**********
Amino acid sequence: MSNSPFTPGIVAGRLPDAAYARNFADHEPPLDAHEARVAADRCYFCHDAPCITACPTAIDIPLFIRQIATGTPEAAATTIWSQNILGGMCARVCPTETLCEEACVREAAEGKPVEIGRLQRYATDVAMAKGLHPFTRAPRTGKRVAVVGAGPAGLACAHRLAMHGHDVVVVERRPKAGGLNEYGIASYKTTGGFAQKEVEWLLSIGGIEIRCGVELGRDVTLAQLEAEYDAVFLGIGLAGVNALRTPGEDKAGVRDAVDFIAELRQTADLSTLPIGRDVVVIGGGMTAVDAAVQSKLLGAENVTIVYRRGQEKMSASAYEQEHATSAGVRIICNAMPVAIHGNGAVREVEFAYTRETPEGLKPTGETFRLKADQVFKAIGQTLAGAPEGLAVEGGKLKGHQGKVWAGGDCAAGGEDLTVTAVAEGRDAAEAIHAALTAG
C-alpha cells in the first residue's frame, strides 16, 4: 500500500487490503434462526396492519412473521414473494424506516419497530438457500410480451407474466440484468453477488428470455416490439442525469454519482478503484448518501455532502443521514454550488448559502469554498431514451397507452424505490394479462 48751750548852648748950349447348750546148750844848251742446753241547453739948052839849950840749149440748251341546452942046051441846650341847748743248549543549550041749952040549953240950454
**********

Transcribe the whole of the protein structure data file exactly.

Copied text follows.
Amino acid sequence: MSNSPFTPGIVAGRLPDAAYARNFADHEPPLDAHEARVAADRCYFCHDAPCITACPTAIDIPLFIRQIATGTPEAAATTIWSQNILGGMCARVCPTETLCEEACVREAAEGKPVEIGRLQRYATDVAMAKGLHPFTRAPRTGKRVAVVGAGPAGLACAHRLAMHGHDVVVVERRPKAGGLNEYGIASYKTTGGFAQKEVEWLLSIGGIEIRCGVELGRDVTLAQLEAEYDAVFLGIGLAGVNALRTPGEDKAGVRDAVDFIAELRQTADLSTLPIGRDVVVIGGGMTAVDAAVQSKLLGAENVTIVYRRGQEKMSASAYEQEHATSAGVRIICNAMPVAIHGNGAVREVEFAYTRETPEGLKPTGETFRLKADQVFKAIGQTLAGAPEGLAVEGGKLKGHQGKVWAGGDCAAGGEDLTVTAVAEGRDAAEAIHAALTAG
C-alpha cells in the first residue's frame, strides 16, 4: 500500500487490503434462526396492519412473521414473494424506516419497530438457500410480451407474466440484468453477488428470455416490439442525469454519482478503484448518501455532502443521514454550488448559502469554498431514451397507452424505490394479462 48751750548852648748950349447348750546148750844848251742446753241547453739948052839849950840749149440748251341546452942046051441846650341847748743248549543549550041749952040549953240950454